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A Canberra dispatch

November 23, 2010

Spending two days here interviewing for the review into the ALP’s election performance … with my colleagues, Steve Bracks, former Premier of Victoria, and Senator John Faulkner.  But with every visit to the national capital I’m reminded of what a visitor from West Germany said of Canberra in the 1970s: it’s what the GDR wanted to look like but never succeeded in managing.

Or, another view…I think it’s the Scandinavian vision of Australia that was at the heart of the Whitlam program. A crèche on every street corner, a sympathetic social worker for every family, native trees defining every streetscape. Wholesome and healthy and funded with lavish tax dollars and a government sector consuming 50 percent of the economy.

Or another perspective: it’s where they set the outrageously overambitious immigration targets that stress other Australian cities while enjoying the lowest population densities of all Australian capitals.

  1. November 23, 2010 3:30 pm

    Dear Sir,

    We run an online news paper in Australia. I would like to request you for your permission to post some of your content in our website.


  2. Deborah Clark permalink
    November 30, 2010 4:17 pm

    I left a comment last week about your tired, cliched, slick, cheap characterisation of Canberra on this blog and I see that you decided not to post it. How cowardly. Clearly you don’t wish any adverse comments about your opinions on your blog. Instead you publish a request for someone to quote you. How revealing. I received no contact from you, no defence of your position, my opinion – formed after living in the city for twenty years – was just eliminated. Leave a comment indeed, but don’t expect it to enter a debate. Mr Carr is too busy opining about the rest of the world to listen to anyone else.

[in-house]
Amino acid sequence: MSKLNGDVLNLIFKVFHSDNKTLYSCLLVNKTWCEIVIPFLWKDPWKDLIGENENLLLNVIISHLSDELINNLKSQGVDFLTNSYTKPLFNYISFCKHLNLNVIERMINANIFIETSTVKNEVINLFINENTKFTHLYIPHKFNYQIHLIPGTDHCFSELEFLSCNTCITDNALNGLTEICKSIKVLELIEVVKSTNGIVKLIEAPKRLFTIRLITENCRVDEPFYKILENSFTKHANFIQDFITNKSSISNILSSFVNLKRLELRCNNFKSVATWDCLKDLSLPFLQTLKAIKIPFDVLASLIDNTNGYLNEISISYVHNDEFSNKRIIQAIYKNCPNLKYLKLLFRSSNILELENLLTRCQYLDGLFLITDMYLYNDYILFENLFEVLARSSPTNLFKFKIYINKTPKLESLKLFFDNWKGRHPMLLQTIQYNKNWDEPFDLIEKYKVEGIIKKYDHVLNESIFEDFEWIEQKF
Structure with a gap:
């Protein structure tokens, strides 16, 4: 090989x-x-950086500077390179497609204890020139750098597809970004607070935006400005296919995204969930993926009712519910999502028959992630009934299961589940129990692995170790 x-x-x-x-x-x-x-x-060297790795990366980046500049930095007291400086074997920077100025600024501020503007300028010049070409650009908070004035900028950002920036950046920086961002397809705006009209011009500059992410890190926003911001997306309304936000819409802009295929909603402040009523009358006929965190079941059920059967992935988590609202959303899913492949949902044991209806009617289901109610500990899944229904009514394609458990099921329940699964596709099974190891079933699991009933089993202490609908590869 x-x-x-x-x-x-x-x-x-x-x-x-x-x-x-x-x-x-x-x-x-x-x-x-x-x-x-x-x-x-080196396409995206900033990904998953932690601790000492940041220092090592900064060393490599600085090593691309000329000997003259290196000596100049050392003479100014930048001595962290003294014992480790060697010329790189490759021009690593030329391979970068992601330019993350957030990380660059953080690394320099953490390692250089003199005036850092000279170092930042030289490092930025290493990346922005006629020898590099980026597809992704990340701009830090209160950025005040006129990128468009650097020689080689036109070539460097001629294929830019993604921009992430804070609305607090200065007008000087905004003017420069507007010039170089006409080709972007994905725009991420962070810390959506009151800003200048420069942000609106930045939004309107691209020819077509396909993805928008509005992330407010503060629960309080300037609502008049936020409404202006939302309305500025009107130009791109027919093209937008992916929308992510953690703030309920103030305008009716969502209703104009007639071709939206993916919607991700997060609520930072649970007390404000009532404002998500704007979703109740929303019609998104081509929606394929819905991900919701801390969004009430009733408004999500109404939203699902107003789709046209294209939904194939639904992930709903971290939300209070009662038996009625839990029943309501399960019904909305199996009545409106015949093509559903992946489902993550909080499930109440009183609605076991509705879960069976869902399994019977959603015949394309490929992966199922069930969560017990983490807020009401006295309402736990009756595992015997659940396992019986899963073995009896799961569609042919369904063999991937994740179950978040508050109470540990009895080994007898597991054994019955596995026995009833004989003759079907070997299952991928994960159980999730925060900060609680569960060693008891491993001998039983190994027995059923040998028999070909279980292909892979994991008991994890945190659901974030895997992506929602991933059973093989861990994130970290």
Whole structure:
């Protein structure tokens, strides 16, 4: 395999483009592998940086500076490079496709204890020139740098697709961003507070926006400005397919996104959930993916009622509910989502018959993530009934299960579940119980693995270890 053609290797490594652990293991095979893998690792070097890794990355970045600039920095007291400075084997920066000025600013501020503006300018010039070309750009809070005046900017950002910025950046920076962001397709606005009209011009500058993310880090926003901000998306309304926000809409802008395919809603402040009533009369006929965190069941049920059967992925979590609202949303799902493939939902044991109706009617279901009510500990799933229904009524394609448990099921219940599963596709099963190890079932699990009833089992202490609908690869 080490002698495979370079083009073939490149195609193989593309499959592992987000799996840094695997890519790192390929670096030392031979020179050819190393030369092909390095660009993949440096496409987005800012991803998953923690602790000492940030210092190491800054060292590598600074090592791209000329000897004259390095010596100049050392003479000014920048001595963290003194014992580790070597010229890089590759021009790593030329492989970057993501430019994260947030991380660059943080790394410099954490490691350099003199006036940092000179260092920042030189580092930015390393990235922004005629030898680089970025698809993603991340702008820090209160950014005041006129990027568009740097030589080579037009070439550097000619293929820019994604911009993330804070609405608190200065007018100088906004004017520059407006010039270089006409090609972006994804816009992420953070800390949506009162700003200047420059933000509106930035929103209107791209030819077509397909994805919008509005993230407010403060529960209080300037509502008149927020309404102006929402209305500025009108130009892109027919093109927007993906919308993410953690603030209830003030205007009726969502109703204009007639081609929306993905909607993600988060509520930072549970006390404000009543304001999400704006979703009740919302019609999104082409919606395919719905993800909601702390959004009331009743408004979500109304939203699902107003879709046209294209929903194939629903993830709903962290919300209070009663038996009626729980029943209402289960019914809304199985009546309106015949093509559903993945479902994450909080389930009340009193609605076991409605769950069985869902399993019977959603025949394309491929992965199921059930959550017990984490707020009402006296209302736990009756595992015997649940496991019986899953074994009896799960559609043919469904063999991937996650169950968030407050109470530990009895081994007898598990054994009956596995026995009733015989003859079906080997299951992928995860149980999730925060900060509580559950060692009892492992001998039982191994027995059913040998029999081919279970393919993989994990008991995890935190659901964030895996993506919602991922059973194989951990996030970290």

3. Deborah Clark permalink
    December 1, 2010 9:04 am

    My comment is my original one, left last week, which gives my complaint of yesterday some context:

    I would have thought that someone with Bob Carr’s education, experience and alleged sophistication were able to make a distinction between the city of Canberra, home to 350,000 Australian citizens, and the Federal Government. His pompous, cheap clichéd descriptions of Canberra as sanitised, soulless and smug are more often the province of tabloid columnists who, like Bob, probably spend a couple of days here every few years, no doubt being lunched at the best restaurants by their political cronies, who also spend next-to-no-time here. Canberra is a city of people who work and live and have the same frustrations and concerns and pleasures and grief as other Australians; ‘lavish tax dollars’ are not particularly evident in the suburban reaches of this city, nor indeed in the city centre. For an advocate of bushwalking and healthy living it little behooves Mr Carr to sneer at a city which takes some pride in its landscape: its suburban streets ringed and threaded with trees and hills, the opportunities for walking and cycling and playing within cooee of its urban centres, its wildlife. These simple things do not represent ‘lavish tax dollars’ so much as decent urban planning. Got a problem with that Mr Carr? When criticising wholesome and healthy perhaps you should look again at, say, the eastern suburbs of Sydney where I don’t doubt there is a creche on every corner.

  4. Bob Carr permalink
    December 2, 2010 1:58 pm

    The lowest urban densities of any capital city in Australia.

    The home of the people who support the doubling of immigration which forces increased densities
    everywhere else.

    That was my point.

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